Liver metastases is a term coined to refer to tumors that spread to the liver from other primary tumors (i.e., colorectal cancer). According to the World Health Organization (WHO), colorectal cancer is a leading cause of cancer-associated deaths with liver metastases developing in 25–30% of those affected. In Norway, approximately 4000 new colorectal cancer cases are diagnosed every year. In general, approximately 11 000 controls are performed per year. Around 1400 patients develop liver metastases either during their treatment or follow-up period.
Various imaging techniques such as Computed Tomography (CT), Magnetic Resonance Imaging (MRI), and Positron Emission Tomography (PET) play an essential role in the diagnostic workup and post-treatment control, of a wide array of liver lesions. Humans mainly perform the interpretation of these medical images today. However, these images are challenging and time-consuming to analyze. A great number of these CT and MRI examinations are negative, in the sense that there is no pathology developing in the liver. Thus, a vast number of examinations are normal, but still just as time-consuming and challenging to interpret for radiologists as those showing pathology. Manual segmentation, detection, and interpretation are based on experience, which is subjective and can be prone to error.
AI is getting attention for medical imaging of the liver, and there are some progresses in this regard, however, with limited success in terms of transparency, external validation, and interpretability. However, current models still require further improvement in performance to be acceptable in real-life settings. This can be mainly attributed to the fact that pixel-level annotations are difficult, costly, and extremely time-consuming to obtain, which limits the use of completely supervised approaches to small datasets.
The project aims to develop and validate AI and ML algorithms for effective and reliable automated examination of CT and MRI scans of livers with potential liver tumors. To effectively achieve the main objective, the project will provide solutions for the following subtopics within the framework of the main objective:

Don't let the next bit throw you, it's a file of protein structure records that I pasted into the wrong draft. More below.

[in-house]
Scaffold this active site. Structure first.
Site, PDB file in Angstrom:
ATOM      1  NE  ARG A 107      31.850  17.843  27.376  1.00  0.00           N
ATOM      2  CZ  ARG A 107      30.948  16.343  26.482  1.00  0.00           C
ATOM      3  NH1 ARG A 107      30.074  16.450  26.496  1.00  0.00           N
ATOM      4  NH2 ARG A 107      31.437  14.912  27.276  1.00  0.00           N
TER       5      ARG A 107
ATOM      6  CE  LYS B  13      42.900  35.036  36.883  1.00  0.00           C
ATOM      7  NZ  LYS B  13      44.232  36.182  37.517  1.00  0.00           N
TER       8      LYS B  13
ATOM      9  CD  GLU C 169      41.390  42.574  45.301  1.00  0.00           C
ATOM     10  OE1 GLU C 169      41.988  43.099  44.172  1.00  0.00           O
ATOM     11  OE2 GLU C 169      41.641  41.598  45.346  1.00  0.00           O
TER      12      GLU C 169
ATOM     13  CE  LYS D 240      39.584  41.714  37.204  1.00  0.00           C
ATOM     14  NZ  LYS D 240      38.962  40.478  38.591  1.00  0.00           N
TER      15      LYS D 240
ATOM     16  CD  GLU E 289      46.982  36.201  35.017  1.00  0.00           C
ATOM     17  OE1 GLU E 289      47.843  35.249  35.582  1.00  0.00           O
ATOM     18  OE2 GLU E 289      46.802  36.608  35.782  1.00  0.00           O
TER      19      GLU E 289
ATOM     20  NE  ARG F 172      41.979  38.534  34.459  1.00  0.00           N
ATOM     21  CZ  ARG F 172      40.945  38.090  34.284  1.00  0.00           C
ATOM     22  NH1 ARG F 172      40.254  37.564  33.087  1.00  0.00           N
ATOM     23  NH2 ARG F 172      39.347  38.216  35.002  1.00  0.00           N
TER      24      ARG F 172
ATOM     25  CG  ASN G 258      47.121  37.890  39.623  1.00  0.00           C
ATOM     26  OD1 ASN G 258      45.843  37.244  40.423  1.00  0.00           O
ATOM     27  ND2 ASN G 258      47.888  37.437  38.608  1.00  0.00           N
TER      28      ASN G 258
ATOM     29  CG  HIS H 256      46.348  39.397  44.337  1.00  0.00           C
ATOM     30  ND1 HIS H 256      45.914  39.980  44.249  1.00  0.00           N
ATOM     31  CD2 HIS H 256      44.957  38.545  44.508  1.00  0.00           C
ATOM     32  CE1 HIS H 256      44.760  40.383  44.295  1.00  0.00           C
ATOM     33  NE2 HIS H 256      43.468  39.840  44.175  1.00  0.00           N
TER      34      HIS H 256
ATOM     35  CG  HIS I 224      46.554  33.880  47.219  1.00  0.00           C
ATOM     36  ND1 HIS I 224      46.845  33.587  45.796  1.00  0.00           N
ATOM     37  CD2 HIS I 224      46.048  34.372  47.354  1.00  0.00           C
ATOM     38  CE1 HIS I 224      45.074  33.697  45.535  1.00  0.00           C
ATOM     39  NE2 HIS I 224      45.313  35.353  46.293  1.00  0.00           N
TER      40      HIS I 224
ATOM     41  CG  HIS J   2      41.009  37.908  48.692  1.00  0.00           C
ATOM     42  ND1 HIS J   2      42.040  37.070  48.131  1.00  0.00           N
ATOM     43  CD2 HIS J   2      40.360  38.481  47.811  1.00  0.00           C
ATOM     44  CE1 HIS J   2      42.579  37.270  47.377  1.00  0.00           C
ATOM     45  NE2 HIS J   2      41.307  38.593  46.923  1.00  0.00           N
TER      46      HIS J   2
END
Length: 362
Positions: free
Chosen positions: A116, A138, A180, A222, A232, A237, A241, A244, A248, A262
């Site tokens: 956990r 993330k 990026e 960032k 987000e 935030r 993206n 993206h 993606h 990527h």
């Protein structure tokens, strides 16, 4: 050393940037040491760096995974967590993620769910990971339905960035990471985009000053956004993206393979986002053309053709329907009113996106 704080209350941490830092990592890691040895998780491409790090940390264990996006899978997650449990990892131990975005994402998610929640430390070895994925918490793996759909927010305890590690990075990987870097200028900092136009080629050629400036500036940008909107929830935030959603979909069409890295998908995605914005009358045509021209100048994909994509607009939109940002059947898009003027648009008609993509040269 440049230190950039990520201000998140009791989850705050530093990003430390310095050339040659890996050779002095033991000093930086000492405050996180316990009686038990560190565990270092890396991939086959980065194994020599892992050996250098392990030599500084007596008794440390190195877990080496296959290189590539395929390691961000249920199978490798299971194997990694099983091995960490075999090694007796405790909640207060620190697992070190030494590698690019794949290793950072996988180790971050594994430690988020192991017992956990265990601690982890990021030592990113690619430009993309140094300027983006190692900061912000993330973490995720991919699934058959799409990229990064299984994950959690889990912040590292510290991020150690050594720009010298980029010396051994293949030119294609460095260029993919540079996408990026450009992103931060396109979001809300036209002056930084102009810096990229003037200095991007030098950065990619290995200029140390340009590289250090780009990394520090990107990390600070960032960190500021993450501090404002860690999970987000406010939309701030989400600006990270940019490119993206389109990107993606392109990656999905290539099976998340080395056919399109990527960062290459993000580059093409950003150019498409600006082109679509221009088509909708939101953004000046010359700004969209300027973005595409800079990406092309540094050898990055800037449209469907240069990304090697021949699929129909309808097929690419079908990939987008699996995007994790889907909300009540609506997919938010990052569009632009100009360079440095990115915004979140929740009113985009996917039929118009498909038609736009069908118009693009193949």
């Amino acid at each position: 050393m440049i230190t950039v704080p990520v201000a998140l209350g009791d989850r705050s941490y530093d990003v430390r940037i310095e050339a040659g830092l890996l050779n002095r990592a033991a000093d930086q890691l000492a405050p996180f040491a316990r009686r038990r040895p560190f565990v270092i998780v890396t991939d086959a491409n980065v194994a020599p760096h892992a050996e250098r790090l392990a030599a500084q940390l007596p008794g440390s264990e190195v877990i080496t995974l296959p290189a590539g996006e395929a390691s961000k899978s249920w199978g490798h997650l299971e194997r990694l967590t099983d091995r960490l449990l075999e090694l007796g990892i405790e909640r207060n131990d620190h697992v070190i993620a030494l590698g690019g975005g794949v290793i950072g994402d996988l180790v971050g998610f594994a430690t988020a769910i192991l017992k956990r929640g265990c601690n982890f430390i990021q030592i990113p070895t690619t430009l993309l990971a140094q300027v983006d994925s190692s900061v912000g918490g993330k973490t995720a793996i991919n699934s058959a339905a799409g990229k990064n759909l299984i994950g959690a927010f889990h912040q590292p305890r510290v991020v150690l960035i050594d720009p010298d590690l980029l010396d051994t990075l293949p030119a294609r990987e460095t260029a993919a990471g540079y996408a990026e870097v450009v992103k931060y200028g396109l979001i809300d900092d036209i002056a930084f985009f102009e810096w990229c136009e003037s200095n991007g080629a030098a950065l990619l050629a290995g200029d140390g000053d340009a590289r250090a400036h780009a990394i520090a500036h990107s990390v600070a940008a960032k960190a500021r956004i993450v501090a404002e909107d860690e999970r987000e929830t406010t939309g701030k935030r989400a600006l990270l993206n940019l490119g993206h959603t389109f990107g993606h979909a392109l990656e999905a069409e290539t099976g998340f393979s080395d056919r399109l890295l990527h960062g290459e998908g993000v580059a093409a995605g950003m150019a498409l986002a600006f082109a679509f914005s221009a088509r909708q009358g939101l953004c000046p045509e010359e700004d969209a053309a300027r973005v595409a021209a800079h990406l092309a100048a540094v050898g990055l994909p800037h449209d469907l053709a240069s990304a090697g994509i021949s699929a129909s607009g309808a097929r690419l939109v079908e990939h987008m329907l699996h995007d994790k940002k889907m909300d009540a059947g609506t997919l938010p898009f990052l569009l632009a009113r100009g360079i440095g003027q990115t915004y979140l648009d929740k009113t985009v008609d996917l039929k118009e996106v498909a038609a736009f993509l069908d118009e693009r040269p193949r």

- Develop accurate deep learning systems for automatic detection of liver lesions in CT and MRI scans.
- Develop deep learning algorithms for the evaluation of liver lesions, i.e., systems that can accurately differentiate between different types of liver tumors.
- Validation of the deep learning systems in a complete regional rectal cancer cohort.
- Advance the current state-of-the-art within explainable AI and weakly-supervised learning to provide reliable predictions.
- Describe a prospective protocol for the application of machine learning in daily clinical practice.
The project will make use of both publicly available datasets, such as LiTS (Liver Tumor Segmentation Challenge), data from our collaborators and a regional rectal cancer cohort from the University Hospital of North Norway (UNN). On average, 80 patients per year are operated at UNN. The regional rectal cancer cohort consists of patients’ data from 2006 to 2011, which is manually extracted from patient electronic medical journals (DIPS). It contains 376 patients who were treated surgically for rectal cancer with curative intent and monitored for liver metastases in UNN. The regional rectal cancer cohort is unique compared to other similar studies carried out by other research groups, as the inclusion criteria (e.g., patients with rectal cancer) were defined prospectively. Also, the cohort includes patients who have had rectal cancer, but no metastases in the liver, i.e., the database also includes negative cases.
Interdisciplinary Research Group
The project is interdisciplinary and performed in collaboration with UNN and UiT. The project is led by Kim Erlend Mortensen MD Ph.D., and Eirik Kjus Aahlin MD Ph.D. from the Digestive surgery research group at UiT/UNN. Prof. Robert Jenssen, Karl Øyvind Mikalsen MSc Ph.D., and Michael Kamffmeyer MSc Ph.D. are close collaborators and mentors from UiT Machine Learning Group, the group’s new Centre for Research-based Innovation (SFI) called Visual Intelligence and The Norwegian center for clinical Artificial intelligence (SPKI). Currently, Ph.D. candidate Keyur Radiya (UNN/UiT), Eirik Agnalt (UiT – machine learning group), and SPKI staff are working on the project.